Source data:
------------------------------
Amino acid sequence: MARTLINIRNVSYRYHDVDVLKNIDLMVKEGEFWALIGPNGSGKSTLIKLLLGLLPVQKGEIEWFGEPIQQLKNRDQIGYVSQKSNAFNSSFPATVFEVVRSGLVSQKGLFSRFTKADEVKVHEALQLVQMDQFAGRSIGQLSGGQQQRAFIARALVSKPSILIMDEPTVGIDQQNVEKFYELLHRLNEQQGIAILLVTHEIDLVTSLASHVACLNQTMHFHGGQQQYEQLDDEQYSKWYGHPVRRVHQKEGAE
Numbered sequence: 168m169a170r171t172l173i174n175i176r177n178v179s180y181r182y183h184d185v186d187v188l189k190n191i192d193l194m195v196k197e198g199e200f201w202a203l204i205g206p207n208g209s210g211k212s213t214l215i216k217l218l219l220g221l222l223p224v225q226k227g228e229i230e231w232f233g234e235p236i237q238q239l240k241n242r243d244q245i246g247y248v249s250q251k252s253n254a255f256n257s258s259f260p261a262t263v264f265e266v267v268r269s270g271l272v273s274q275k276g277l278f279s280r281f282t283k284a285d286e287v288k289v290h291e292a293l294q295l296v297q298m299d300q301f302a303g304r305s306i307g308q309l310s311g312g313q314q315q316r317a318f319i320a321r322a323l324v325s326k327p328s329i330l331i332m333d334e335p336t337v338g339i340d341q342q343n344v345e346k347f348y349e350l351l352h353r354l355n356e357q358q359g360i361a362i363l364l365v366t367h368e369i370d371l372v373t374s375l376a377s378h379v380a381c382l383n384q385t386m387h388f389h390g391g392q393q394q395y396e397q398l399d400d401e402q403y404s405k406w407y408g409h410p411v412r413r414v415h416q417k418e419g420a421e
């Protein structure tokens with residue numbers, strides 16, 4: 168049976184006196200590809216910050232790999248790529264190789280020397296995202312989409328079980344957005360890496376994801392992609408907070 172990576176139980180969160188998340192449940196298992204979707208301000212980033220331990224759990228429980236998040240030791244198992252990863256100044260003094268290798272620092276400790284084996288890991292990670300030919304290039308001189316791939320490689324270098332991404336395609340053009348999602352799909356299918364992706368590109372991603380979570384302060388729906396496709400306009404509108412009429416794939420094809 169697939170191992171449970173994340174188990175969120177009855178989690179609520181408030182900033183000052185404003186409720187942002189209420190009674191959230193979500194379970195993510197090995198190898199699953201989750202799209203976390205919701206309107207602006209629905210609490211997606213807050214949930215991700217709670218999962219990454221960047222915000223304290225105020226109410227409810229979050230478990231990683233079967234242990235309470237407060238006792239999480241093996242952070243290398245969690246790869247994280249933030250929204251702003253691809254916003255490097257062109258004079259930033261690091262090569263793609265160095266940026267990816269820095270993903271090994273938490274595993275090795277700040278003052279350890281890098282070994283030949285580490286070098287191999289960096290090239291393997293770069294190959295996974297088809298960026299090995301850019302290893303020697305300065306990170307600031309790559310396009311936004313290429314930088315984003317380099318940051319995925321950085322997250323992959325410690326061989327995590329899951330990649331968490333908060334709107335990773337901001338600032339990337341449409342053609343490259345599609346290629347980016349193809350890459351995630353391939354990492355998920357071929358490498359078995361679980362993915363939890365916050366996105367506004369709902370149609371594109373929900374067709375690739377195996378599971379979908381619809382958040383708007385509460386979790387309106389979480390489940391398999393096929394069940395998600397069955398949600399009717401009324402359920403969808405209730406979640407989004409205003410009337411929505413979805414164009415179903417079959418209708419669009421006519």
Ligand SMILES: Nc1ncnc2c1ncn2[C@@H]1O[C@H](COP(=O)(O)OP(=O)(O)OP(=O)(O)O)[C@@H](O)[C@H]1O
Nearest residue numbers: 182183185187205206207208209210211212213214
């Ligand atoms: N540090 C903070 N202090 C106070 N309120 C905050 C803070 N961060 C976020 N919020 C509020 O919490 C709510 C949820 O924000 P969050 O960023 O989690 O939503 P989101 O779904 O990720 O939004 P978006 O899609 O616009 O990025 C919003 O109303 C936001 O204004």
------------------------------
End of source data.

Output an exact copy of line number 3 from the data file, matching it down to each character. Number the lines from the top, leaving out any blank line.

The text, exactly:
């Protein structure tokens with residue numbers, strides 16, 4: 168049976184006196200590809216910050232790999248790529264190789280020397296995202312989409328079980344957005360890496376994801392992609408907070 172990576176139980180969160188998340192449940196298992204979707208301000212980033220331990224759990228429980236998040240030791244198992252990863256100044260003094268290798272620092276400790284084996288890991292990670300030919304290039308001189316791939320490689324270098332991404336395609340053009348999602352799909356299918364992706368590109372991603380979570384302060388729906396496709400306009404509108412009429416794939420094809 169697939170191992171449970173994340174188990175969120177009855178989690179609520181408030182900033183000052185404003186409720187942002189209420190009674191959230193979500194379970195993510197090995198190898199699953201989750202799209203976390205919701206309107207602006209629905210609490211997606213807050214949930215991700217709670218999962219990454221960047222915000223304290225105020226109410227409810229979050230478990231990683233079967234242990235309470237407060238006792239999480241093996242952070243290398245969690246790869247994280249933030250929204251702003253691809254916003255490097257062109258004079259930033261690091262090569263793609265160095266940026267990816269820095270993903271090994273938490274595993275090795277700040278003052279350890281890098282070994283030949285580490286070098287191999289960096290090239291393997293770069294190959295996974297088809298960026299090995301850019302290893303020697305300065306990170307600031309790559310396009311936004313290429314930088315984003317380099318940051319995925321950085322997250323992959325410690326061989327995590329899951330990649331968490333908060334709107335990773337901001338600032339990337341449409342053609343490259345599609346290629347980016349193809350890459351995630353391939354990492355998920357071929358490498359078995361679980362993915363939890365916050366996105367506004369709902370149609371594109373929900374067709375690739377195996378599971379979908381619809382958040383708007385509460386979790387309106389979480390489940391398999393096929394069940395998600397069955398949600399009717401009324402359920403969808405209730406979640407989004409205003410009337411929505413979805414164009415179903417079959418209708419669009421006519």